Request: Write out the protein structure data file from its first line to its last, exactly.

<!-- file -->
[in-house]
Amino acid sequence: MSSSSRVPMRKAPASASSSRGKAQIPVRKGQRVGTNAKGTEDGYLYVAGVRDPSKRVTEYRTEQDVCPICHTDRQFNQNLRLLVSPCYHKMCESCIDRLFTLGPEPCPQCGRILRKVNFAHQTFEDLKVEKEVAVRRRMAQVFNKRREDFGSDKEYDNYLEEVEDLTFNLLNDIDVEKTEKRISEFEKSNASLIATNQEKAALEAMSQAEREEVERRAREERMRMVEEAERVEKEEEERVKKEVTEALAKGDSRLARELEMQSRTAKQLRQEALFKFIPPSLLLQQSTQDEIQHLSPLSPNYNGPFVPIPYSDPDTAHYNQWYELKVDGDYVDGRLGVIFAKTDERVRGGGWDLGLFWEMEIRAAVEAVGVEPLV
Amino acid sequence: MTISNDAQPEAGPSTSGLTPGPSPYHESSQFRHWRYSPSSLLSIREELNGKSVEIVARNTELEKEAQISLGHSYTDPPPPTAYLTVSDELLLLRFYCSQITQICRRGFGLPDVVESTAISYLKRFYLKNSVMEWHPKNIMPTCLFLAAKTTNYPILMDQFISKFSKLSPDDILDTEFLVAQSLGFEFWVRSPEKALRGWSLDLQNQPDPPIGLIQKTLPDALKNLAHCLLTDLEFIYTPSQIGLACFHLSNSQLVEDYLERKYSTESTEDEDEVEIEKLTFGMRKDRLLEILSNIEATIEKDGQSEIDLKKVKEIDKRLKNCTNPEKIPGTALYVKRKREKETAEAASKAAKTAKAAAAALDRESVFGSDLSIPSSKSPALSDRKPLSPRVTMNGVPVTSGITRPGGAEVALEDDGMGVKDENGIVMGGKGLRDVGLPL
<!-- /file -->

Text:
[in-house]
Amino acid sequence: MSSSSRVPMRKAPASASSSRGKAQIPVRKGQRVGTNAKGTEDGYLYVAGVRDPSKRVTEYRTEQDVCPICHTDRQFNQNLRLLVSPCYHKMCESCIDRLFTLGPEPCPQCGRILRKVNFAHQTFEDLKVEKEVAVRRRMAQVFNKRREDFGSDKEYDNYLEEVEDLTFNLLNDIDVEKTEKRISEFEKSNASLIATNQEKAALEAMSQAEREEVERRAREERMRMVEEAERVEKEEEERVKKEVTEALAKGDSRLARELEMQSRTAKQLRQEALFKFIPPSLLLQQSTQDEIQHLSPLSPNYNGPFVPIPYSDPDTAHYNQWYELKVDGDYVDGRLGVIFAKTDERVRGGGWDLGLFWEMEIRAAVEAVGVEPLV
Amino acid sequence: MTISNDAQPEAGPSTSGLTPGPSPYHESSQFRHWRYSPSSLLSIREELNGKSVEIVARNTELEKEAQISLGHSYTDPPPPTAYLTVSDELLLLRFYCSQITQICRRGFGLPDVVESTAISYLKRFYLKNSVMEWHPKNIMPTCLFLAAKTTNYPILMDQFISKFSKLSPDDILDTEFLVAQSLGFEFWVRSPEKALRGWSLDLQNQPDPPIGLIQKTLPDALKNLAHCLLTDLEFIYTPSQIGLACFHLSNSQLVEDYLERKYSTESTEDEDEVEIEKLTFGMRKDRLLEILSNIEATIEKDGQSEIDLKKVKEIDKRLKNCTNPEKIPGTALYVKRKREKETAEAASKAAKTAKAAAAALDRESVFGSDLSIPSSKSPALSDRKPLSPRVTMNGVPVTSGITRPGGAEVALEDDGMGVKDENGIVMGGKGLRDVGLPL